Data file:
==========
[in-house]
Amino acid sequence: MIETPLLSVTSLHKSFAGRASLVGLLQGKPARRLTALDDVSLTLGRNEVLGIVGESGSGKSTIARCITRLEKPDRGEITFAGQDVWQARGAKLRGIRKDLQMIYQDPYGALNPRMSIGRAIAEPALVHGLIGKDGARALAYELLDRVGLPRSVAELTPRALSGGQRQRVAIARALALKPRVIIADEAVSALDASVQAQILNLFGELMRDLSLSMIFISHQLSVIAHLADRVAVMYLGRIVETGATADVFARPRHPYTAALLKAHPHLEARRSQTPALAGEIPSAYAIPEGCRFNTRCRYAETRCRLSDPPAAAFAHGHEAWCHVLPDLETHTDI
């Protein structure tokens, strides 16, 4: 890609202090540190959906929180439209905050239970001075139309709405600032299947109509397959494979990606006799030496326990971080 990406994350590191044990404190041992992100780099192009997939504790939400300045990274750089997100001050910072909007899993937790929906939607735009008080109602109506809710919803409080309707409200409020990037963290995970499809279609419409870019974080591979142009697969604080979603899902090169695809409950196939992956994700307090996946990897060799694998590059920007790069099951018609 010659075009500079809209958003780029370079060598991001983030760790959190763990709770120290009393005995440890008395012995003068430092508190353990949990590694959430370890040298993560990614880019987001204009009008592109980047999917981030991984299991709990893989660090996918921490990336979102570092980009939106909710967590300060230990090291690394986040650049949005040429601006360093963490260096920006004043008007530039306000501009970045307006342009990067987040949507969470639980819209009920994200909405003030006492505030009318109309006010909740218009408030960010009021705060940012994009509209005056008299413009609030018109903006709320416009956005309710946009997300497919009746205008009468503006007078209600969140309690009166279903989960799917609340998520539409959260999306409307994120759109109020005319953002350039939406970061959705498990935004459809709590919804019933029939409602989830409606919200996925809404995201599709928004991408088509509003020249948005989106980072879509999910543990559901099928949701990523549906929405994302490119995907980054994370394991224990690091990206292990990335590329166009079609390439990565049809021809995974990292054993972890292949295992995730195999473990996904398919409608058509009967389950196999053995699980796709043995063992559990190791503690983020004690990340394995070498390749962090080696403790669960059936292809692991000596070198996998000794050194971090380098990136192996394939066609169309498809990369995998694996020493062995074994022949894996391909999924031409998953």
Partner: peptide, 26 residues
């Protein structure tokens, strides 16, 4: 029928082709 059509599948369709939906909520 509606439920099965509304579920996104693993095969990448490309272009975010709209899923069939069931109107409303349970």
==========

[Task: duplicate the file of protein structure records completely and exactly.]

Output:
[in-house]
Amino acid sequence: MIETPLLSVTSLHKSFAGRASLVGLLQGKPARRLTALDDVSLTLGRNEVLGIVGESGSGKSTIARCITRLEKPDRGEITFAGQDVWQARGAKLRGIRKDLQMIYQDPYGALNPRMSIGRAIAEPALVHGLIGKDGARALAYELLDRVGLPRSVAELTPRALSGGQRQRVAIARALALKPRVIIADEAVSALDASVQAQILNLFGELMRDLSLSMIFISHQLSVIAHLADRVAVMYLGRIVETGATADVFARPRHPYTAALLKAHPHLEARRSQTPALAGEIPSAYAIPEGCRFNTRCRYAETRCRLSDPPAAAFAHGHEAWCHVLPDLETHTDI
């Protein structure tokens, strides 16, 4: 890609202090540190959906929180439209905050239970001075139309709405600032299947109509397959494979990606006799030496326990971080 990406994350590191044990404190041992992100780099192009997939504790939400300045990274750089997100001050910072909007899993937790929906939607735009008080109602109506809710919803409080309707409200409020990037963290995970499809279609419409870019974080591979142009697969604080979603899902090169695809409950196939992956994700307090996946990897060799694998590059920007790069099951018609 010659075009500079809209958003780029370079060598991001983030760790959190763990709770120290009393005995440890008395012995003068430092508190353990949990590694959430370890040298993560990614880019987001204009009008592109980047999917981030991984299991709990893989660090996918921490990336979102570092980009939106909710967590300060230990090291690394986040650049949005040429601006360093963490260096920006004043008007530039306000501009970045307006342009990067987040949507969470639980819209009920994200909405003030006492505030009318109309006010909740218009408030960010009021705060940012994009509209005056008299413009609030018109903006709320416009956005309710946009997300497919009746205008009468503006007078209600969140309690009166279903989960799917609340998520539409959260999306409307994120759109109020005319953002350039939406970061959705498990935004459809709590919804019933029939409602989830409606919200996925809404995201599709928004991408088509509003020249948005989106980072879509999910543990559901099928949701990523549906929405994302490119995907980054994370394991224990690091990206292990990335590329166009079609390439990565049809021809995974990292054993972890292949295992995730195999473990996904398919409608058509009967389950196999053995699980796709043995063992559990190791503690983020004690990340394995070498390749962090080696403790669960059936292809692991000596070198996998000794050194971090380098990136192996394939066609169309498809990369995998694996020493062995074994022949894996391909999924031409998953």
Partner: peptide, 26 residues
């Protein structure tokens, strides 16, 4: 029928082709 059509599948369709939906909520 509606439920099965509304579920996104693993095969990448490309272009975010709209899923069939069931109107409303349970």